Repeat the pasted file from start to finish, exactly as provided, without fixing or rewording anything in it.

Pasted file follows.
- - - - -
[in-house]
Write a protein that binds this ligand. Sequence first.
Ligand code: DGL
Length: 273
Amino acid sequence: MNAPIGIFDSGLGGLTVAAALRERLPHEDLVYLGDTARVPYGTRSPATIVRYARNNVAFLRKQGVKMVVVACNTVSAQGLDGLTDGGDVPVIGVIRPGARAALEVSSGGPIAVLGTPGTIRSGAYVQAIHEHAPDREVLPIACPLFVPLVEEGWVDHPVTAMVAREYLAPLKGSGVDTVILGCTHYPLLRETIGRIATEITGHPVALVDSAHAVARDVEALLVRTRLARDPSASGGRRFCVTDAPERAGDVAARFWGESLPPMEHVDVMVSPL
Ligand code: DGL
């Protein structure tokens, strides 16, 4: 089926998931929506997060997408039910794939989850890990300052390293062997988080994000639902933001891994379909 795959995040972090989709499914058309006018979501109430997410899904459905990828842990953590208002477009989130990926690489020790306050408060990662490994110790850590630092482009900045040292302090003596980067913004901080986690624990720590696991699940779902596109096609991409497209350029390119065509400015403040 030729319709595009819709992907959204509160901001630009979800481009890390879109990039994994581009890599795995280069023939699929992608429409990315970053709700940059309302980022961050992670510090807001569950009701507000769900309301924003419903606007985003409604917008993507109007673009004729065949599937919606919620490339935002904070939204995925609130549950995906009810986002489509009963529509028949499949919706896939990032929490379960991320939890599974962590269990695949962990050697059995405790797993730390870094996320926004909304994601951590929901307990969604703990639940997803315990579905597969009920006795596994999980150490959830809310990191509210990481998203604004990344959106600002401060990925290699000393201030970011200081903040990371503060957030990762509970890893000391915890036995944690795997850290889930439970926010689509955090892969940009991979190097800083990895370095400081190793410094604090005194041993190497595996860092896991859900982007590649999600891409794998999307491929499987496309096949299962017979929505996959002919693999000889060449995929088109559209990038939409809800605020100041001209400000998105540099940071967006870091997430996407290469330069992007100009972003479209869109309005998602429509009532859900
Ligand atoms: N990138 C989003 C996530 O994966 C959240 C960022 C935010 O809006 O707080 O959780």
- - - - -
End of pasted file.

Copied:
[in-house]
Write a protein that binds this ligand. Sequence first.
Ligand code: DGL
Length: 273
Amino acid sequence: MNAPIGIFDSGLGGLTVAAALRERLPHEDLVYLGDTARVPYGTRSPATIVRYARNNVAFLRKQGVKMVVVACNTVSAQGLDGLTDGGDVPVIGVIRPGARAALEVSSGGPIAVLGTPGTIRSGAYVQAIHEHAPDREVLPIACPLFVPLVEEGWVDHPVTAMVAREYLAPLKGSGVDTVILGCTHYPLLRETIGRIATEITGHPVALVDSAHAVARDVEALLVRTRLARDPSASGGRRFCVTDAPERAGDVAARFWGESLPPMEHVDVMVSPL
Ligand code: DGL
């Protein structure tokens, strides 16, 4: 089926998931929506997060997408039910794939989850890990300052390293062997988080994000639902933001891994379909 795959995040972090989709499914058309006018979501109430997410899904459905990828842990953590208002477009989130990926690489020790306050408060990662490994110790850590630092482009900045040292302090003596980067913004901080986690624990720590696991699940779902596109096609991409497209350029390119065509400015403040 030729319709595009819709992907959204509160901001630009979800481009890390879109990039994994581009890599795995280069023939699929992608429409990315970053709700940059309302980022961050992670510090807001569950009701507000769900309301924003419903606007985003409604917008993507109007673009004729065949599937919606919620490339935002904070939204995925609130549950995906009810986002489509009963529509028949499949919706896939990032929490379960991320939890599974962590269990695949962990050697059995405790797993730390870094996320926004909304994601951590929901307990969604703990639940997803315990579905597969009920006795596994999980150490959830809310990191509210990481998203604004990344959106600002401060990925290699000393201030970011200081903040990371503060957030990762509970890893000391915890036995944690795997850290889930439970926010689509955090892969940009991979190097800083990895370095400081190793410094604090005194041993190497595996860092896991859900982007590649999600891409794998999307491929499987496309096949299962017979929505996959002919693999000889060449995929088109559209990038939409809800605020100041001209400000998105540099940071967006870091997430996407290469330069992007100009972003479209869109309005998602429509009532859900
Ligand atoms: N990138 C989003 C996530 O994966 C959240 C960022 C935010 O809006 O707080 O959780």